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Home > Practice Areas > Child Protection > About this Area of Focus


Child Protection: About this Area of Focus

CWLA believes keeping children safe from abuse and neglect should always be the first goal of any child protective services (CPS) response. The best ways to ensure children are safe from all forms of maltreatment are comprehensive, community-based approaches to protecting children and supporting and strengthening families. Public and private agencies, in collaboration with individual citizens and community entities, can prevent and remedy child maltreatment, achieve child safety, and promote child and family well-being.

Following is a list of key findings from the report Child Maltreatment 20021


Each week, CPS agencies receive more than 50,000 referrals--also called reports--alleging that children have been abused or neglected.
  • Nationally, more than two-thirds (67.1%) of all referrals (approximately 1.8 million) were screened in because they were deemed appropriate for investigation or assessment, and 32.9% (approximately 861,000) were screened out.

  • Professionals submitted more than half (56.5%) of screened-in referrals.

  • More than one-quarter of investigations or assessments resulted in a "Substantiated" (26.8%), "Indicated" (3.5%), or "Alternative Response Victim" (0.1%) disposition, meaning that at least one child involved in an investigation was determined to be a victim. More than half (60.4%) of investigations led to a finding that the alleged maltreatment was "Unsubstantiated."


Victims of maltreatment are defined as children who experience or who are at risk of experiencing abuse or neglect.
  • Nationally, an estimated 896,000 children were victims of abuse and neglect in 2002. The 2002 victimization rate was 12.3 per 1,000 children.

  • In 2002, 60.5% of victims suffered neglect (including medical neglect), 18.6% were physically abused, 9.9% sexually abused, and 6.5% emotionally or psychologically maltreated.

  • Percentages of victims were similar for males (48.1%) and females (51.9%).

  • Children in from birth to age 3 accounted for 22% of victims.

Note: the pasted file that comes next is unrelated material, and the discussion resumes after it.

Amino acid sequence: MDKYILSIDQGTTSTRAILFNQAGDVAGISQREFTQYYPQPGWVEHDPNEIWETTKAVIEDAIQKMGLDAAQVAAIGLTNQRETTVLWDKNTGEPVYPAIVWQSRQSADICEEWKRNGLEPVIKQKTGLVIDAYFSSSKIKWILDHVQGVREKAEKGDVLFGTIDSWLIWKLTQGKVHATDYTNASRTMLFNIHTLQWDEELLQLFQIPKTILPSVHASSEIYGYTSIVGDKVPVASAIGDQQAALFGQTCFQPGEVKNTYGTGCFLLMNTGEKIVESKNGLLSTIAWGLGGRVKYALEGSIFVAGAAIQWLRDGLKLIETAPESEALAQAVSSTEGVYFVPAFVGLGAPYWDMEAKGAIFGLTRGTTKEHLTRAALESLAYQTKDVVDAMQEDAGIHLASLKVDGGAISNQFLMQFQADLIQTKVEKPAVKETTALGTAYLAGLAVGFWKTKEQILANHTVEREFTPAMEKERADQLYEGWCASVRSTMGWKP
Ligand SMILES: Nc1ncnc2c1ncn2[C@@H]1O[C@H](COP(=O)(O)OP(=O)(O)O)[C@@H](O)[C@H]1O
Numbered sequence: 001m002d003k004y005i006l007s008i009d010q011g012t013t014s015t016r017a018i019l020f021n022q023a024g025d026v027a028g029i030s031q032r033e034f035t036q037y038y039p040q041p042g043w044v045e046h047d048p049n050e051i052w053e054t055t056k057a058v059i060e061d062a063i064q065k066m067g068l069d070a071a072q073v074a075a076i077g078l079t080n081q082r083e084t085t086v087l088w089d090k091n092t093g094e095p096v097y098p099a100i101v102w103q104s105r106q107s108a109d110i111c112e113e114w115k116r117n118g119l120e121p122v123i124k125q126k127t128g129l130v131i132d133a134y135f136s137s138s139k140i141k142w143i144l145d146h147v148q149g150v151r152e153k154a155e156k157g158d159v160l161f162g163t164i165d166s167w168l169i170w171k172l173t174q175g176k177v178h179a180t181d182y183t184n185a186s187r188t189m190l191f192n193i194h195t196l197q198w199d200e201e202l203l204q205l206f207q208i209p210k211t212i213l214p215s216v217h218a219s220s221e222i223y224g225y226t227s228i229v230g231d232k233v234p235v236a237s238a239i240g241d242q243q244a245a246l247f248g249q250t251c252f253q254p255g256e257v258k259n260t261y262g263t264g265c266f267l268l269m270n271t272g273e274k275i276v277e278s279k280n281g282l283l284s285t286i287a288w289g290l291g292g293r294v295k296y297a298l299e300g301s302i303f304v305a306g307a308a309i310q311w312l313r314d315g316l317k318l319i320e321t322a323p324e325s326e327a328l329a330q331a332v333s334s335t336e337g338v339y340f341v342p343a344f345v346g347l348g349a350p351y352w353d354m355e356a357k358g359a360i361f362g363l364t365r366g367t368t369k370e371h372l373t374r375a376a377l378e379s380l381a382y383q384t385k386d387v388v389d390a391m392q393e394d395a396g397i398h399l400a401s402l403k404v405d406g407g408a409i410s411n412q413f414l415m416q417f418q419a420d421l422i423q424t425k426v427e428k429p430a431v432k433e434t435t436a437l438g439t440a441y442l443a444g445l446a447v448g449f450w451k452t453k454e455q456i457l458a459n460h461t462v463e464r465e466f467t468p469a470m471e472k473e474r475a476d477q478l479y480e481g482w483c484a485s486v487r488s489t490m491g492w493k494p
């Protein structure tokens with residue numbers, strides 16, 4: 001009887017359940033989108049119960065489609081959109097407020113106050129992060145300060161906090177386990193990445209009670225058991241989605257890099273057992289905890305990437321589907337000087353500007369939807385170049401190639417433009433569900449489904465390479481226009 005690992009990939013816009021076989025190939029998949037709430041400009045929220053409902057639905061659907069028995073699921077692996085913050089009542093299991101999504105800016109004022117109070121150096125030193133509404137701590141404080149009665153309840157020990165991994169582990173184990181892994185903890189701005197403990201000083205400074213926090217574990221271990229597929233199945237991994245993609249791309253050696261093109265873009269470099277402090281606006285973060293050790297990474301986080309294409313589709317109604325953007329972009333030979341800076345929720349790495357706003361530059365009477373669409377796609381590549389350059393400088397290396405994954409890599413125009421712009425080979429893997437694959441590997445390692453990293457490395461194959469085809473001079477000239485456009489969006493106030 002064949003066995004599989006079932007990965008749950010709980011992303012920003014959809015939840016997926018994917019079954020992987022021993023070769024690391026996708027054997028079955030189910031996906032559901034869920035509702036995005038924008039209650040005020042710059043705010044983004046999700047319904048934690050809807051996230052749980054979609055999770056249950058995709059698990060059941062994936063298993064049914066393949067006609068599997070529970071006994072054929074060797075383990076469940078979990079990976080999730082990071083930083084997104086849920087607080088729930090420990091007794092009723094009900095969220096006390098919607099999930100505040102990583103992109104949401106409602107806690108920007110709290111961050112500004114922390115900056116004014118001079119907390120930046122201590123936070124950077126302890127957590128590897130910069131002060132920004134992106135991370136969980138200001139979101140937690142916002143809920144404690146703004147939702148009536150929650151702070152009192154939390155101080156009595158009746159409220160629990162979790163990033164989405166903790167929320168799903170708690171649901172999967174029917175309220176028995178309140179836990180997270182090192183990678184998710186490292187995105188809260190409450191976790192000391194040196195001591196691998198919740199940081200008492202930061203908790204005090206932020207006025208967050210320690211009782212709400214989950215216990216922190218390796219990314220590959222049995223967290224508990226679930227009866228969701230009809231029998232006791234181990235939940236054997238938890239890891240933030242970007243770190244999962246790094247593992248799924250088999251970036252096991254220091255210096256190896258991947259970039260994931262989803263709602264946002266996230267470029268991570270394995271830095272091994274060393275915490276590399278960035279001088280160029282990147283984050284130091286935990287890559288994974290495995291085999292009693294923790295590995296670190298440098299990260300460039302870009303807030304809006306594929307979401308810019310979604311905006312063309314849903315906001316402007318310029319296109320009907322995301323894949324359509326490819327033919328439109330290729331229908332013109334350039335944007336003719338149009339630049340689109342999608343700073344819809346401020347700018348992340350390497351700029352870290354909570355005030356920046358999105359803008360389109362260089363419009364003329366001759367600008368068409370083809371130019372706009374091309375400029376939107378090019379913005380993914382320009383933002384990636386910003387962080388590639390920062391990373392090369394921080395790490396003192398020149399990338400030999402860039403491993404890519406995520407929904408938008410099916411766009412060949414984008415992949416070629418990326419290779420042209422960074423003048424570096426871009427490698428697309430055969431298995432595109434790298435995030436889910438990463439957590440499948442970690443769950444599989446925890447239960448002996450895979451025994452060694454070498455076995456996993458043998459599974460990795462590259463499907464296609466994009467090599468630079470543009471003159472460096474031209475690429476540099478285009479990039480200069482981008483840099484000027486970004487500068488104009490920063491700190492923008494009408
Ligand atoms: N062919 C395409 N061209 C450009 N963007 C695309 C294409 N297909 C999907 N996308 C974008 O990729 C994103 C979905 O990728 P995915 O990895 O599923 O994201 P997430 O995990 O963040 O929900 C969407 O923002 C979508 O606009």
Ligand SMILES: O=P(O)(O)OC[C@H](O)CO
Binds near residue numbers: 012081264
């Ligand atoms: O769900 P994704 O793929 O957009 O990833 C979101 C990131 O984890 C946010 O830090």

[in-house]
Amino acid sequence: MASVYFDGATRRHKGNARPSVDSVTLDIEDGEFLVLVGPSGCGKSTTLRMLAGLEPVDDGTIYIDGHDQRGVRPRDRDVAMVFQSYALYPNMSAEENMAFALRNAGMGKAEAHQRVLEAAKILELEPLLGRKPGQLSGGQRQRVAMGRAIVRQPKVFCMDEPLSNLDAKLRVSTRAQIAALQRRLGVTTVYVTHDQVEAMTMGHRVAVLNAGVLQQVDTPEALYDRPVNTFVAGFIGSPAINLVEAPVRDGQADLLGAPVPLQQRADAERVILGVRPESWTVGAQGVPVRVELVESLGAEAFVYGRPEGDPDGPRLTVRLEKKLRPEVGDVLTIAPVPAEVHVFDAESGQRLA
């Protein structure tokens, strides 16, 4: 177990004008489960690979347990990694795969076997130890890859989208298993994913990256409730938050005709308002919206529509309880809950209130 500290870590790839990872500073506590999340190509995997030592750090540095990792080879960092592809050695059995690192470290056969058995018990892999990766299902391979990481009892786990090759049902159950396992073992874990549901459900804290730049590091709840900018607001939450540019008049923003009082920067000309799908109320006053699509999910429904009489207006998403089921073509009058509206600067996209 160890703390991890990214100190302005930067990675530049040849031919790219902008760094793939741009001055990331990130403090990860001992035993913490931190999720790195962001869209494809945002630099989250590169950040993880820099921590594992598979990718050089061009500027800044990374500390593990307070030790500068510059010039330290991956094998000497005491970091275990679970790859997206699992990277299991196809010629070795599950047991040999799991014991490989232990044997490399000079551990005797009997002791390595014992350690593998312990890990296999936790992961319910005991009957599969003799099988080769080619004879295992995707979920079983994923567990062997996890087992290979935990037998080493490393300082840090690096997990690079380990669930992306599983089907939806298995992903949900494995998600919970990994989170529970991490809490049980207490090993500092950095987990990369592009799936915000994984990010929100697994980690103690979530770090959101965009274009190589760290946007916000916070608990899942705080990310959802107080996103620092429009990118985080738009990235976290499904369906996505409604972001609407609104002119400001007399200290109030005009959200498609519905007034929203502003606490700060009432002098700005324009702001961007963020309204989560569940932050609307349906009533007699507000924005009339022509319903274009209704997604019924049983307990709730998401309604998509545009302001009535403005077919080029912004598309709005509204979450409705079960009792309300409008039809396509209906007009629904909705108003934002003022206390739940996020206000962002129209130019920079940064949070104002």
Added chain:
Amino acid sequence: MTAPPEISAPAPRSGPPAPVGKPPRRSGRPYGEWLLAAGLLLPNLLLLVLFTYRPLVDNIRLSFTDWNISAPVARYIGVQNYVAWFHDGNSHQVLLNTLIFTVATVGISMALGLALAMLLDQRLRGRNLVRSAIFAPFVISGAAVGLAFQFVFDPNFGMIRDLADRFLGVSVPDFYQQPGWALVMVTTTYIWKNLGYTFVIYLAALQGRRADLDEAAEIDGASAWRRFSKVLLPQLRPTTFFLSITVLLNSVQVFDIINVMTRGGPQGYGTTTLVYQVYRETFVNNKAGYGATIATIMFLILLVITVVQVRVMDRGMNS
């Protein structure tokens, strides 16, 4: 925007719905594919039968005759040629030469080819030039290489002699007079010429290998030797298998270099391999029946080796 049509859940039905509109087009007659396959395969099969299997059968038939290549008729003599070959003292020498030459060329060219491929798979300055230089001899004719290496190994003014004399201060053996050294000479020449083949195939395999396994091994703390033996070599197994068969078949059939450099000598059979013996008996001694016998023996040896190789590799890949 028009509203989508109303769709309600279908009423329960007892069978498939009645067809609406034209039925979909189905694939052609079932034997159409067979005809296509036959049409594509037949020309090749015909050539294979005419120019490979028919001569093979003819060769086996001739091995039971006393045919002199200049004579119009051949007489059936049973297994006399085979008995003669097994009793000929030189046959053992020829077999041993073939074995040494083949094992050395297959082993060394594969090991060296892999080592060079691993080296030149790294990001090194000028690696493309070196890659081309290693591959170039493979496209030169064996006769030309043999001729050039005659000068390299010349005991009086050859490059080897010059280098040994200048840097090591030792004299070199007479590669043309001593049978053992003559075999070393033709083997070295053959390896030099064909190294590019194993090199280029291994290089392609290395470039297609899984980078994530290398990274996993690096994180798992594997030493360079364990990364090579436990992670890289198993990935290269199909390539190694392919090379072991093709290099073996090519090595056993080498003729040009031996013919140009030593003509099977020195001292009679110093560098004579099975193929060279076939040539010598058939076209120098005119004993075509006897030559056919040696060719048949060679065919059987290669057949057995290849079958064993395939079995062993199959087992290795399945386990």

• More than half of all victims were white (54.2%); one-quarter was African American (26.1%); and one-tenth was Hispanic (11%). American Indians, Alaska Natives, and Asian Pacific Islanders together accounted for 0.9% of victims.

  • In comparison to physically abused children, neglected children were 46% more likely to experience recurrence.


A perpetrator of child abuse or neglect is defined as a parent or a caregiver who has maltreated a child.
  • Women comprised 58.3% of all perpetrators. Female perpetrators were typically younger than male perpetrators--42.5% of females compared with 32.4% of males were younger than 30 years old.

  • The largest percentage of perpetrators (81%) were parents.

  • More than half of all perpetrators (53.3%) neglected children.


Child fatality estimates are based on data recorded by CPS agencies or other agencies, such as coroner's offices or fatality review boards.
  • Nationally, an estimated 1,400 children died of abuse or neglect in 2002--a rate of 1.98 children per 100,000 in the population.

  • Approximately 1.2% of child fatalities occurred in foster care.

  • Children younger than 1 year accounted for 41.2% of fatalities; 76.1% of fatalities were children younger than 4.

  • Maltreatment deaths were more often associated only with neglect (37.6%) than with any other type of abuse.


CPS agencies provide services to prevent future instances of child abuse or neglect and to remedy conditions that have come to the attention of the child welfare agency. Preventive services are provided to parents whose children are at risk of abuse or neglect. Postinvestigation services are offered to families on a voluntary basis by child welfare agencies or are ordered by the courts to ensure the safety of children.
  • Nationally, an estimated 2.4 million children received preventive services.

  • The weighted average time from the start of an investigation to providing services was 54 days.

  • More than half of the child victims (58.7%, or an estimated 526,000) received postinvestigation services; more than one-fourth of nonvictims (31.1%, or an estimated 708,000 children), received postinvestigation services.

  • Nearly one-fifth of victims (18.9%) were removed from their homes as a result of investigations or assessments. In addition, 4.2% of nonvictims were placed in foster care. Nationally, an estimated 265,000 children were placed in foster care as a result of child abuse investigations or assessments.

  • Court actions were initiated for 17.8% of victims. Nearly one-fifth of victims (17.8%) were reported as having court-appointed representatives.

  1. Administration on Children, Youth, and Families. (2003). Child Maltreatment 2002. Washington, DC: U.S. Department of Health and Human Services.

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